Lures for these cobia range from Gulp Eel baits, to large jigs, to topwater plugs. Many cobia anglers favor long black eel imitations because an eel is a favorite food of these beach runners this time of year. Eels make a spawning run up rivers and creeks every spring, and the nearshore surf usually has an abundance of them.

Other anglers favor jigs in every color combination imaginable. The theory about lures “matching the hatch” in color scheme is thrown out the window for cobia. Experienced cobia hunters seem to prefer bright colorful jigs that take advantage of the cobia’s natural curiosity.

Most cobia anglers will keep a noisy topwater bait close by as well. The lure has to be well made and able to handle quite a beating, so freshwater bass lures need to stay home. Often a popping, rattling lure on top of the water will draw a strike when even a live bait won’t.

As for live baits, the menhaden shad (pogie) is by far the preferred bait for beach runners. Huge schools of pogies are in the surf along the beaches this time of year, and it is for the most part these shad that the cobia are following. Later in the year when the cobia disperse to offshore and nearshore wrecks and reefs, a variety of live baits will work, but for now, go after the pogies.

That’s not a shark fin. It’s a manta ray’s wing-tip. Cobia will often follow rays off the beach.

In the open sandy bottom of a beach, there is little structure to which a cobia can run when hooked. Consequently, the tackle can be as heavy or as light as an angler prefers. Lighter tackle is easier to cast and easier to make a bait presentation, but a 40-lb. cobia hooked up to a 15-lb. spinning or casting outfit means a very long battle. If you are into long fights on light tackle, by all means bring it on. But, if you prefer to get a fish to the boat, you may want to opt for 25- or 30-lb. tackle. Even then, these fish fight long and hard.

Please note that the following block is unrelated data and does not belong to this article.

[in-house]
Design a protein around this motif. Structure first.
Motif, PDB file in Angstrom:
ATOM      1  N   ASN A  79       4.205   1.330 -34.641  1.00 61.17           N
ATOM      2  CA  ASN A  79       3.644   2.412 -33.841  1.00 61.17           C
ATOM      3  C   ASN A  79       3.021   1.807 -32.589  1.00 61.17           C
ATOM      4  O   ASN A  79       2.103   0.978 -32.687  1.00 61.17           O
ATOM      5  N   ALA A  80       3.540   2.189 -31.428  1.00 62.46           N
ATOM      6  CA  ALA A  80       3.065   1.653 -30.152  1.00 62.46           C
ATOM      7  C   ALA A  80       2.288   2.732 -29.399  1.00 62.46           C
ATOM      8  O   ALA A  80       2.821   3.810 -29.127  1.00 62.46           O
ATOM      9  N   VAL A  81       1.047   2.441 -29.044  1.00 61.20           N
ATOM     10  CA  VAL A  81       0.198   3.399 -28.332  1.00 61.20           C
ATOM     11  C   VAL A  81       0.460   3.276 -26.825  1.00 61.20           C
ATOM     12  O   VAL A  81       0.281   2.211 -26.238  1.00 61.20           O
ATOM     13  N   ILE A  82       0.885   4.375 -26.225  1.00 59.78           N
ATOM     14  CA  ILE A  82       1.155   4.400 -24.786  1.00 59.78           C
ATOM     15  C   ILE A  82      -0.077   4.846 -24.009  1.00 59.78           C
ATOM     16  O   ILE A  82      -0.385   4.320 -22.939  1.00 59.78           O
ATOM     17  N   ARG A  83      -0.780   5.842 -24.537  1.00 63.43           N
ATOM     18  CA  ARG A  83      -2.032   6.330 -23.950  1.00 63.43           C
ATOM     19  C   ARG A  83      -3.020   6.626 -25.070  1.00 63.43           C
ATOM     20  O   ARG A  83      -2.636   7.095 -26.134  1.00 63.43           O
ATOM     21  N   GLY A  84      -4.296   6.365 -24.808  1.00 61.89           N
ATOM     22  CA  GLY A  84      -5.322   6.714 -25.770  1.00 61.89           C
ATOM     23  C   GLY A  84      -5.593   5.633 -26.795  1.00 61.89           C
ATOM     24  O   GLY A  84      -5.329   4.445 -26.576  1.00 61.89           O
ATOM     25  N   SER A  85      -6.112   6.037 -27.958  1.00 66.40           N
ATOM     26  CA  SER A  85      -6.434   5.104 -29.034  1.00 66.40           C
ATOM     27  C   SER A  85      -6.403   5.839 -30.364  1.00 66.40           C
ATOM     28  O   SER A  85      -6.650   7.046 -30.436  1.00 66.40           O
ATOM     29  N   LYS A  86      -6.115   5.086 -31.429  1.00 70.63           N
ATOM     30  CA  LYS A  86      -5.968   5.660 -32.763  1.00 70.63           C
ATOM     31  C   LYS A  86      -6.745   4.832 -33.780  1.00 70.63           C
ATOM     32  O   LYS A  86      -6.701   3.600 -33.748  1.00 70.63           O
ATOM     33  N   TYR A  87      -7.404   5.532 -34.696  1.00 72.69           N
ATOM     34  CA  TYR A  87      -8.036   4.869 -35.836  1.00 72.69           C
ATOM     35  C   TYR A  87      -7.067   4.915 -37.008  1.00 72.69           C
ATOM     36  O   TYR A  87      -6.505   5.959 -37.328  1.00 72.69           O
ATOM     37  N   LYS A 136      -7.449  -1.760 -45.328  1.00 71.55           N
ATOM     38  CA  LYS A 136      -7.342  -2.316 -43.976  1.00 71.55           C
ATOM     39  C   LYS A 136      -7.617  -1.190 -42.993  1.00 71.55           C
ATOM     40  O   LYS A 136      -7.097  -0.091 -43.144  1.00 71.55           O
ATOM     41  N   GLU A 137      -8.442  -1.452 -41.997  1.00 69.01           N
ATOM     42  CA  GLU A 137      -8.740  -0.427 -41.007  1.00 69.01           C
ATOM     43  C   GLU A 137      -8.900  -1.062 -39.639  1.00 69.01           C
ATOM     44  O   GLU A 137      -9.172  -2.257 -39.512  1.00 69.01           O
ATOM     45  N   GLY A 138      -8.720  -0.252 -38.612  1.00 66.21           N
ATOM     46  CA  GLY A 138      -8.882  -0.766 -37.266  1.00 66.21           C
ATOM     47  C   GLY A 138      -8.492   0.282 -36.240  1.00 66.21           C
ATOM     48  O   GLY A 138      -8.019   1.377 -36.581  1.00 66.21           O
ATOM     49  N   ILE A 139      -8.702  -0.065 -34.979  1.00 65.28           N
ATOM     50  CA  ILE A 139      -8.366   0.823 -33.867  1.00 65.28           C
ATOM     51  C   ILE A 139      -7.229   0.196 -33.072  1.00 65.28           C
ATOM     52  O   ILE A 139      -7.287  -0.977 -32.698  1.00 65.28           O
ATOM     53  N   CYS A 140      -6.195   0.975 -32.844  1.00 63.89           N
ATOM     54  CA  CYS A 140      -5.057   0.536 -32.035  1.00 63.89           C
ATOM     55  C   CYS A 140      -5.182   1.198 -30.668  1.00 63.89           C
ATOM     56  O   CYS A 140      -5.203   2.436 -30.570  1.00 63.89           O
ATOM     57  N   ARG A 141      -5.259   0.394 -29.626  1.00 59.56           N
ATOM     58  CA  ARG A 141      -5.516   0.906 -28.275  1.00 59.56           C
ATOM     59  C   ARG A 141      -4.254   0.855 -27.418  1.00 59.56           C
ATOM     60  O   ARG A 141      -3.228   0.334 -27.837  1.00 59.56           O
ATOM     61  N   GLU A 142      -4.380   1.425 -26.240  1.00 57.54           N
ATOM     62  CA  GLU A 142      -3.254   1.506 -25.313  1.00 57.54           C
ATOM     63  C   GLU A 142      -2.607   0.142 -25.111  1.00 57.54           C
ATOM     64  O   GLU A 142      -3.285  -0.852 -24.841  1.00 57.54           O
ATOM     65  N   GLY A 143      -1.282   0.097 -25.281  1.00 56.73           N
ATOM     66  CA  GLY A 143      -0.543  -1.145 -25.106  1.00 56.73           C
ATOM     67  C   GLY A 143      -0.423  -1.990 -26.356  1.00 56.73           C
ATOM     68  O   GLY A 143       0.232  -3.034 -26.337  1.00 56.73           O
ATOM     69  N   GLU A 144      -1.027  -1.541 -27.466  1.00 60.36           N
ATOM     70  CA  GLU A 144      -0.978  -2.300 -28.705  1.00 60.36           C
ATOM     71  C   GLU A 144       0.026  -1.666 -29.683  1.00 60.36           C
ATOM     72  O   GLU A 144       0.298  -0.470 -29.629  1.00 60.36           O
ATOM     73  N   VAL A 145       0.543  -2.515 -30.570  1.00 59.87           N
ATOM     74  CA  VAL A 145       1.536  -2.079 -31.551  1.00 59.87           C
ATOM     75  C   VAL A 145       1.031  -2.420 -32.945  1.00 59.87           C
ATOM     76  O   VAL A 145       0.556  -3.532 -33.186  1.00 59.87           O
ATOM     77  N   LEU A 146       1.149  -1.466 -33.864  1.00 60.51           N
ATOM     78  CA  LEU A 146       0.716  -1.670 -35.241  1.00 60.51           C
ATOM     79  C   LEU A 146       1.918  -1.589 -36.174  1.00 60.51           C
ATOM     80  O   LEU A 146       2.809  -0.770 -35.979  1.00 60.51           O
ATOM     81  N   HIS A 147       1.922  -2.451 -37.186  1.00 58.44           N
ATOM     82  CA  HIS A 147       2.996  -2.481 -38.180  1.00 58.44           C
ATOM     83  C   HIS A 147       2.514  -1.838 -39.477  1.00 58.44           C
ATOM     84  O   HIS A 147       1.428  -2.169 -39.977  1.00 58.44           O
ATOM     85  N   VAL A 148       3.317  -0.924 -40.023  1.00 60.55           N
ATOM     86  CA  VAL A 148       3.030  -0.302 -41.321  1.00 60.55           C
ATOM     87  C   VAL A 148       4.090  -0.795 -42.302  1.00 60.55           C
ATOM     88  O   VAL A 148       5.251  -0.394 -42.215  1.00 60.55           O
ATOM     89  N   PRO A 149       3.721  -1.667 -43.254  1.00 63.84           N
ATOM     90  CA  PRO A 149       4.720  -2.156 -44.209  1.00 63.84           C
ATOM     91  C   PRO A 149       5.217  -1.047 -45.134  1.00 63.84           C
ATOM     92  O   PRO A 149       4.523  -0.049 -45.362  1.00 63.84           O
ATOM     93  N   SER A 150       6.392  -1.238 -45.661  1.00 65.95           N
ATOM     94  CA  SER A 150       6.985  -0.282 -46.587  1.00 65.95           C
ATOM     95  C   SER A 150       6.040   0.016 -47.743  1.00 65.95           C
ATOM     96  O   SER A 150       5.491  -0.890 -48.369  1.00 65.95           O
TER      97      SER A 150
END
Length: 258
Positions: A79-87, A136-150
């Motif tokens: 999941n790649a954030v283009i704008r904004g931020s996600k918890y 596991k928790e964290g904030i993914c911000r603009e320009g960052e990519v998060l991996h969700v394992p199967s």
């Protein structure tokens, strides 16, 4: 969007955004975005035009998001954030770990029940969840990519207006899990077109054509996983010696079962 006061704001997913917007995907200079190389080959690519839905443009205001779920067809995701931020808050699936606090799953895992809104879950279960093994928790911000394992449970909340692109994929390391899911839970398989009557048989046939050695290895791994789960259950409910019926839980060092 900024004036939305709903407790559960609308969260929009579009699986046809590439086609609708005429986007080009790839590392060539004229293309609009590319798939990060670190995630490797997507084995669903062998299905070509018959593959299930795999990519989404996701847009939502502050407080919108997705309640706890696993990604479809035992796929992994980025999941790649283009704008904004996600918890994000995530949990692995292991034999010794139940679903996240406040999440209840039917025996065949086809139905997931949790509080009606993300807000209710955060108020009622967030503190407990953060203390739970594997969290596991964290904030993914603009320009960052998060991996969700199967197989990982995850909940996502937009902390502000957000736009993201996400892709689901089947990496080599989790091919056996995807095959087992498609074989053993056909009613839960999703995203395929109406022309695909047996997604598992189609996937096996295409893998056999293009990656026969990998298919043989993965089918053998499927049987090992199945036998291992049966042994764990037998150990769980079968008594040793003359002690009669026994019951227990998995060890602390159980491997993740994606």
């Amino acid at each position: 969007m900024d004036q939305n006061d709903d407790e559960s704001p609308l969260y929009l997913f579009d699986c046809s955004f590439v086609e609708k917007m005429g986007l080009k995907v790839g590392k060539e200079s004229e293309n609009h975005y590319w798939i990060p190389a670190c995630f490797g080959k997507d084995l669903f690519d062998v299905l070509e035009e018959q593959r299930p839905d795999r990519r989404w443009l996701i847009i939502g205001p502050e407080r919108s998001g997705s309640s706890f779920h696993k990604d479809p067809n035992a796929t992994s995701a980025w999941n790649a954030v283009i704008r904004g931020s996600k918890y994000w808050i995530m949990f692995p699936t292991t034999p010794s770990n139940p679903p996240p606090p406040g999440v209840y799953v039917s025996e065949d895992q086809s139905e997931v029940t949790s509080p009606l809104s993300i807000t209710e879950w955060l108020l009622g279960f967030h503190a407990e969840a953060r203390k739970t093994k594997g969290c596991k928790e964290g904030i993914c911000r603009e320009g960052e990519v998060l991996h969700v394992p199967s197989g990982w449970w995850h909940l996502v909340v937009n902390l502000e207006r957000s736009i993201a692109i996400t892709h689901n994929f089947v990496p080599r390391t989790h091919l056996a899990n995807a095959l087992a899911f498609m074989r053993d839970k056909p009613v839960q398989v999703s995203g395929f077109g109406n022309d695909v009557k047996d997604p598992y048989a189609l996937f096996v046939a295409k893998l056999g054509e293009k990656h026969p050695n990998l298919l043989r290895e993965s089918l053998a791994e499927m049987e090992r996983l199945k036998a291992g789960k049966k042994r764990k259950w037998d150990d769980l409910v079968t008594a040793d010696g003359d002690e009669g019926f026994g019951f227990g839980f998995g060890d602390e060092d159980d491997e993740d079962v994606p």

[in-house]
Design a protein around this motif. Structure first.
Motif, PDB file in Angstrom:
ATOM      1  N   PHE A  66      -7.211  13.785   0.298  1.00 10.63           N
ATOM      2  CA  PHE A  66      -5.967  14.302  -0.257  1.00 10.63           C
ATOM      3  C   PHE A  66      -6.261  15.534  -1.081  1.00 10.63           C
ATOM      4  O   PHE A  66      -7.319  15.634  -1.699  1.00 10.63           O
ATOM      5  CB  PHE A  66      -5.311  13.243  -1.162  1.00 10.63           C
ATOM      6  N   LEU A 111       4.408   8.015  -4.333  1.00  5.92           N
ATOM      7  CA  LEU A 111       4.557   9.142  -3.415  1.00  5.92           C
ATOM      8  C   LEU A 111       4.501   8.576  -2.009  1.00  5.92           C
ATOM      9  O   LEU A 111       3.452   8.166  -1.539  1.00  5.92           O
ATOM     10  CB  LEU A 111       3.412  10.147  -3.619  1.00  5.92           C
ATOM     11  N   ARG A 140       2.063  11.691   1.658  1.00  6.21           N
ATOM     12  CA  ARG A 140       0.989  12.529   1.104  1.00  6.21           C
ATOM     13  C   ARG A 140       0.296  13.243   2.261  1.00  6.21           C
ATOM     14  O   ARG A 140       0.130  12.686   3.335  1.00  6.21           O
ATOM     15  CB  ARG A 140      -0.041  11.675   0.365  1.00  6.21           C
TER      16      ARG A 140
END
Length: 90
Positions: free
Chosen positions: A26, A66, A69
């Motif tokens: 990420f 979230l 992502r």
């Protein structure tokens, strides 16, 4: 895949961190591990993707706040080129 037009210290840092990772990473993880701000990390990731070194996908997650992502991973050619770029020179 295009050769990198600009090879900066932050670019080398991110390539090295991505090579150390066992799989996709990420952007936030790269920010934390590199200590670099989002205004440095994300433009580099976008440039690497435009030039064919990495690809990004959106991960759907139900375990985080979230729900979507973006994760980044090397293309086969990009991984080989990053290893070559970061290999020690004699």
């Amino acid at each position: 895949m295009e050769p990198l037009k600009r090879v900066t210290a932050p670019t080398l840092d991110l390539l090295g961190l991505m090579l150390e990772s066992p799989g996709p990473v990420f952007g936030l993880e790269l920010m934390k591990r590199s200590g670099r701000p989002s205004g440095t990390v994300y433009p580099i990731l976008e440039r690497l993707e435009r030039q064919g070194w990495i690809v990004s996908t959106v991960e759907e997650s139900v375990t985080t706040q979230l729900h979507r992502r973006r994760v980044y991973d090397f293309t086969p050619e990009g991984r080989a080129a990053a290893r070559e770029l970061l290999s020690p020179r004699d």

If you can’t find a ray anywhere — and there will be days like that — you can still attract a cobia to the boat. On our trip to locate some cobia, we ran into that same problem. In addition, the bait (menhaden) was small and scattered. We could not locate a big pod of pogies. A small cool front had passed the day before, and the water temperature dropped back into the 60s. That drove the baitfish south and scattered them.

If this happens to you, you can do what we did the day; we went looking for cobia. I had a chum bag in the boat and had purchased a block of frozen chum just for this possibility.

I anchored the boat about a half mile off the beach of Cumberland Island and put my chum bag in the water, tied off on the stern. While we sat and waited, the chum slick began taking hold, and you could see it as it meandered behind the boat. It took about 45 minutes for something to happen.